After the jump, what employers can learn from a possibly botched drug test and the failure to hire a Rastafarian
(Or an excuse for me to make gratuitous True Romance references).
Many employers drug test job applicants. Floyd (played by a young Brad Pitt), once motivated to update his resumé, should seek other employment. That’s my non-legal opinion.
[Editor’s Note: For you lawyers out there, I commend showing this clip to deponents as part of your prep. Floyd answers each question succinctly and without anticipating the next one. Indeed, the only time Floyd improvises, by inquiring if the mobsters want to “smoke a bowl,” the mobster cocks the gun, and Floyd doesn’t mess up again].
Of those employers that do drug test, many request a urine sample. But what happens when an applicant discloses that he has kidney disease and requests an alternative drug test? If your answer is no, you’re asking for trouble.
Indeed, Kurt Orzeck at Law360 reports here about a $102,000 settlement involving a company sued by the EEOC because it allegedly refused to provide a pre-employment drug testing accommodation to an employee with kidney disease. Additionally, under a Consent Order, the company must revise its alcohol and drug-free workplace policy and pre-employment drug testing policy to specifically address reasonable accommodations.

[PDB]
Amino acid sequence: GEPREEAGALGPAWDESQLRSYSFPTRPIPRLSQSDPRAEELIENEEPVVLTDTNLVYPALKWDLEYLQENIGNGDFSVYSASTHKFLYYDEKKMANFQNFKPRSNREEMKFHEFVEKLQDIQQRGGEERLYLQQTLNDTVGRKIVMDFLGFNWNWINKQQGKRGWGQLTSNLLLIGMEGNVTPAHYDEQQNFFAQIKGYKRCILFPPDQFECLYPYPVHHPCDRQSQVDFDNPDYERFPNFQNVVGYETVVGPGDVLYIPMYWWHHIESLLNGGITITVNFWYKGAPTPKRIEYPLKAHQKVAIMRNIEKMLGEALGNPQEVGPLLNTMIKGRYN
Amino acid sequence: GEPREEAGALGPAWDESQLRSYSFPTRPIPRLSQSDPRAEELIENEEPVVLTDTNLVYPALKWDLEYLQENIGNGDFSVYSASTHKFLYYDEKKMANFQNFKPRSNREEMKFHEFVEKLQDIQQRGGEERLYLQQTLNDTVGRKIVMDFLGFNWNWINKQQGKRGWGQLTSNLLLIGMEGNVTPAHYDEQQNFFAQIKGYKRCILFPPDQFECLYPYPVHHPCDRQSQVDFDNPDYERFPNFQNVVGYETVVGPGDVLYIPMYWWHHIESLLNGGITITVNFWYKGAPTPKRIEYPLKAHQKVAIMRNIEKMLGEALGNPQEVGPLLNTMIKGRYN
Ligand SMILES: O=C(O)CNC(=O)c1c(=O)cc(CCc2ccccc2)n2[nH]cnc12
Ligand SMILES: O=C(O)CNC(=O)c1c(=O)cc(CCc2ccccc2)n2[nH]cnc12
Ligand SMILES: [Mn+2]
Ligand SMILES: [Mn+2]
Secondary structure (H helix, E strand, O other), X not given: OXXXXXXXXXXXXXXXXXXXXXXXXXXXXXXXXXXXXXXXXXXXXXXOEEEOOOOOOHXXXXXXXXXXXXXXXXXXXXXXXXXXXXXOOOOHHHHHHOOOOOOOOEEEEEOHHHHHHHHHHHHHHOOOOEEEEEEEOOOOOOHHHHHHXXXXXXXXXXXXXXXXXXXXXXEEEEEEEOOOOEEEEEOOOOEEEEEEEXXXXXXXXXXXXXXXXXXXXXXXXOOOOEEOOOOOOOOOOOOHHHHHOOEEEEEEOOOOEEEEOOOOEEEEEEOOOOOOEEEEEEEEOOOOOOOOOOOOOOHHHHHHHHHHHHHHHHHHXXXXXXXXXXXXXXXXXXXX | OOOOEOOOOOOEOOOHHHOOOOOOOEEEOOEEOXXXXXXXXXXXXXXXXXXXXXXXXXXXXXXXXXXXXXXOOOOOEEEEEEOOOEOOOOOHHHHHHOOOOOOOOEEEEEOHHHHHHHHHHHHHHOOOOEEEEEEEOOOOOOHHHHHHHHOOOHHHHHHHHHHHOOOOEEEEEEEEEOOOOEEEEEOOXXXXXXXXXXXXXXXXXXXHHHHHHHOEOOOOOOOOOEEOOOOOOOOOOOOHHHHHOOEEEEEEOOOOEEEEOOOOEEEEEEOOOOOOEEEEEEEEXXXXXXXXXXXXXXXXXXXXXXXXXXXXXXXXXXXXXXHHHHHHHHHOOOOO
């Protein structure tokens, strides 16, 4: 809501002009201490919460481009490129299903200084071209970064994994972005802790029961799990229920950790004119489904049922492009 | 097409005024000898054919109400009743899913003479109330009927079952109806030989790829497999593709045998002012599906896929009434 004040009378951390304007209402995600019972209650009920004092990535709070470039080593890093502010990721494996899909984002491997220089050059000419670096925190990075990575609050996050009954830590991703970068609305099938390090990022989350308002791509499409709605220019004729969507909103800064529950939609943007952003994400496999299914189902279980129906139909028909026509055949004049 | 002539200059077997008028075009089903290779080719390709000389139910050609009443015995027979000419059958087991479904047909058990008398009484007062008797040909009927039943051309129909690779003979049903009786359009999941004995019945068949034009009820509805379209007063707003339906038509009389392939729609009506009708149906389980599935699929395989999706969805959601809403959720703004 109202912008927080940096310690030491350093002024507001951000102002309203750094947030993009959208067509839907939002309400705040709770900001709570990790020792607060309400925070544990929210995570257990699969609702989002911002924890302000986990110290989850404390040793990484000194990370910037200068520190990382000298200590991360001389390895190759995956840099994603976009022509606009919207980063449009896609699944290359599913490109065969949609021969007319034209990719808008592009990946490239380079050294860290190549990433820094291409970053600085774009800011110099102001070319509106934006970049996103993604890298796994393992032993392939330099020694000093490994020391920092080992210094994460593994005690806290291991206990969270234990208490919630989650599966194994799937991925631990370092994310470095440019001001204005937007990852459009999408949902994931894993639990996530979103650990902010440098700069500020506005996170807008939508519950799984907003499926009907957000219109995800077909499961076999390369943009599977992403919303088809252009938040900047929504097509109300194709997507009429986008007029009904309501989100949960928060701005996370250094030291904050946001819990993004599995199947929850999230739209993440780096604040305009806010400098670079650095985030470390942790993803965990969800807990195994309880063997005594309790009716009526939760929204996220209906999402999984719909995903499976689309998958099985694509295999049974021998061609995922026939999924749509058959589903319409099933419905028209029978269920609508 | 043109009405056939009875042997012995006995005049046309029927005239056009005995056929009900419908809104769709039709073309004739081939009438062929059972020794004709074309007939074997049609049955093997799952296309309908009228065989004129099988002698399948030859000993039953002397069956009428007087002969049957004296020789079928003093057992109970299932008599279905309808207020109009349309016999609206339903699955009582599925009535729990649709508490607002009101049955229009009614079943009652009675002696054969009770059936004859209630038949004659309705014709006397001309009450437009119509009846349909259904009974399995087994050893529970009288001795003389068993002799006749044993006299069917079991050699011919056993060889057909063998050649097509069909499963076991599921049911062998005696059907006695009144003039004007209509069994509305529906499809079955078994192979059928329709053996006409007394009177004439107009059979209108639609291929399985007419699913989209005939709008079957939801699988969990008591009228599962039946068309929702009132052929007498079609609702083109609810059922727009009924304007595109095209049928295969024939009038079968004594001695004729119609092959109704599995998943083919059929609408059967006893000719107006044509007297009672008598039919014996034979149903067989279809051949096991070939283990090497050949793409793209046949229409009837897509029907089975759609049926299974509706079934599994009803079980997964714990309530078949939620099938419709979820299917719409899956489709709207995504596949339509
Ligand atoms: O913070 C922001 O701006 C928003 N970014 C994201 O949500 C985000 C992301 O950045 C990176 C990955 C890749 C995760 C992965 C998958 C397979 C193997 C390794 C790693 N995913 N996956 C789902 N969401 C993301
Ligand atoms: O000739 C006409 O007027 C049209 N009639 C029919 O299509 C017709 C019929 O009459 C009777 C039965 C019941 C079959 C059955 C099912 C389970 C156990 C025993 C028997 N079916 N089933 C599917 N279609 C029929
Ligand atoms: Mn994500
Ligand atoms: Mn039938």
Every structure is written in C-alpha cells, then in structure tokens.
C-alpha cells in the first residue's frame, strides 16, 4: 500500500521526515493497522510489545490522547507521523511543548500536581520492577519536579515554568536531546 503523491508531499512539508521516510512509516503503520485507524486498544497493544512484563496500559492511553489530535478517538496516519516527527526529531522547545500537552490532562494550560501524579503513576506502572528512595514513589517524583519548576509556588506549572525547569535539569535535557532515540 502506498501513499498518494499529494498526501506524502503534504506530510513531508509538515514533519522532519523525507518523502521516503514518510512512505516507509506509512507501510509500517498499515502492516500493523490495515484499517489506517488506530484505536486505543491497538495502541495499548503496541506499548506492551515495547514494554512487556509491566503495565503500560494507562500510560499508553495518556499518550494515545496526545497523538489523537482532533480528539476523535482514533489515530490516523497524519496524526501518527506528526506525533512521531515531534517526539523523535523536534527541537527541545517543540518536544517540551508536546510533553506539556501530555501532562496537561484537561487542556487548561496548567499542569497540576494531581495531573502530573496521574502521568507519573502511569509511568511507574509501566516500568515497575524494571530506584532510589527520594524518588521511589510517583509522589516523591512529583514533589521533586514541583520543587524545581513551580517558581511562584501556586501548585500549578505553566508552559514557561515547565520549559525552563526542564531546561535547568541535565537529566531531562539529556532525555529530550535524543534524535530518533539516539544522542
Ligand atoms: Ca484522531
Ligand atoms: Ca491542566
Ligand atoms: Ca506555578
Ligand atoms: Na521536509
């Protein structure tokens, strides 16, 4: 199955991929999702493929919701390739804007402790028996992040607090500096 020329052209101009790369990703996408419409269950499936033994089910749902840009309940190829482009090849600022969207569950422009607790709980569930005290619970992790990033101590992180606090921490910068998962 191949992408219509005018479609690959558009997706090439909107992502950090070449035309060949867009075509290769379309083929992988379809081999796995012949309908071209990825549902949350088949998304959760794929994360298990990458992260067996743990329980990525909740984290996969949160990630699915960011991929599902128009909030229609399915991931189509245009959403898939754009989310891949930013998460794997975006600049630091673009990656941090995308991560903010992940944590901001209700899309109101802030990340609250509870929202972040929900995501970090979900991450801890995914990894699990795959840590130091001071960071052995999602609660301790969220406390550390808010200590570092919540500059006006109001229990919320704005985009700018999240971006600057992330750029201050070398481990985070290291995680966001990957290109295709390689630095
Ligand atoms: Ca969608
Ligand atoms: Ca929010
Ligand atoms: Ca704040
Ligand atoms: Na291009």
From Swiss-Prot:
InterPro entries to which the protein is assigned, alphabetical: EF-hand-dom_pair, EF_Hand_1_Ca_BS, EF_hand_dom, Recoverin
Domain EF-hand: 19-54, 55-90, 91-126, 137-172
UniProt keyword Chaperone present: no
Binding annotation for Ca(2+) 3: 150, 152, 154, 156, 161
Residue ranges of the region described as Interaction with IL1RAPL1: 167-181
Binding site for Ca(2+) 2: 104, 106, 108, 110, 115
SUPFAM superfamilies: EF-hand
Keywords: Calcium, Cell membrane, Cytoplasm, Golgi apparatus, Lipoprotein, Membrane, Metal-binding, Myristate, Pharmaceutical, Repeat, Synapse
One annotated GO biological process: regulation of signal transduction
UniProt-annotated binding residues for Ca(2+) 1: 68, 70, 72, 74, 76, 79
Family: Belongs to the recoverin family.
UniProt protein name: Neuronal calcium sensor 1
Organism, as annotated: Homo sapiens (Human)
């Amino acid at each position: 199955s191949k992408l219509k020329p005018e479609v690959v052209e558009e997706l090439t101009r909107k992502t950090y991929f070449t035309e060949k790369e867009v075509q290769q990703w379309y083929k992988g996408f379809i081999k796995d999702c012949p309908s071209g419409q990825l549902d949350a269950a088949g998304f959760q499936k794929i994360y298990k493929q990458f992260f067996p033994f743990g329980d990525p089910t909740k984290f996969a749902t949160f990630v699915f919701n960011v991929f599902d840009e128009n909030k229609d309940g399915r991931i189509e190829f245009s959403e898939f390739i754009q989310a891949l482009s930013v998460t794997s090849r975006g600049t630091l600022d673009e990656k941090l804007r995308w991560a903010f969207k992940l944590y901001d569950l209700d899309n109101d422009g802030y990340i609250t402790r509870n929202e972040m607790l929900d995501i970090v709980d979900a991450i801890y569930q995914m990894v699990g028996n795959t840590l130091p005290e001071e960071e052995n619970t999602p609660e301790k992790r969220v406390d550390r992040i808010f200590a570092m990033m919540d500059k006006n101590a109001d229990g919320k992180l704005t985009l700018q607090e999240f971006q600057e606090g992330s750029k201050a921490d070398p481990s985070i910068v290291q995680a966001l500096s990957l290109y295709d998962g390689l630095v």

Lesson Learned: Make sure that your have similar policies and training your hiring managers accordingly.
Long hair, sincerely-held beliefs, and Title VII
Unfortunately, there’s not a single clean Drexl Spivey (played by none other than Gary Oldman) scene from True Romance. So, you get a .gif. (and the club soundtrack below). And, I’ll get right into a recent EEOC settlement involving a beer distributor forking over $50K to settle a religious discrimination claim arising from a failure to hire a Rastafarian.
According to this EEOC press release, the company refused to hire the Rastafarian because he refused to cut his hair, which was because of his religious beliefs. Now, it’s unclear from the press release whether the company questioned the sincerely-held nature of the individual’s beliefs, or if it simply refused to accommodate his request to keep his hair long. Either way, as the EEOC points out, “employers are required by federal law to make exceptions to their dress and grooming policies in order to accommodate a job applicant’s sincerely held religious beliefs – unless doing so would pose an undue hardship.”
Lesson Learned: Focus less on whether an employee’s beliefs are sincerely held, and more on whether an accommodate would create and undue burden (something more than a small cost) to your company.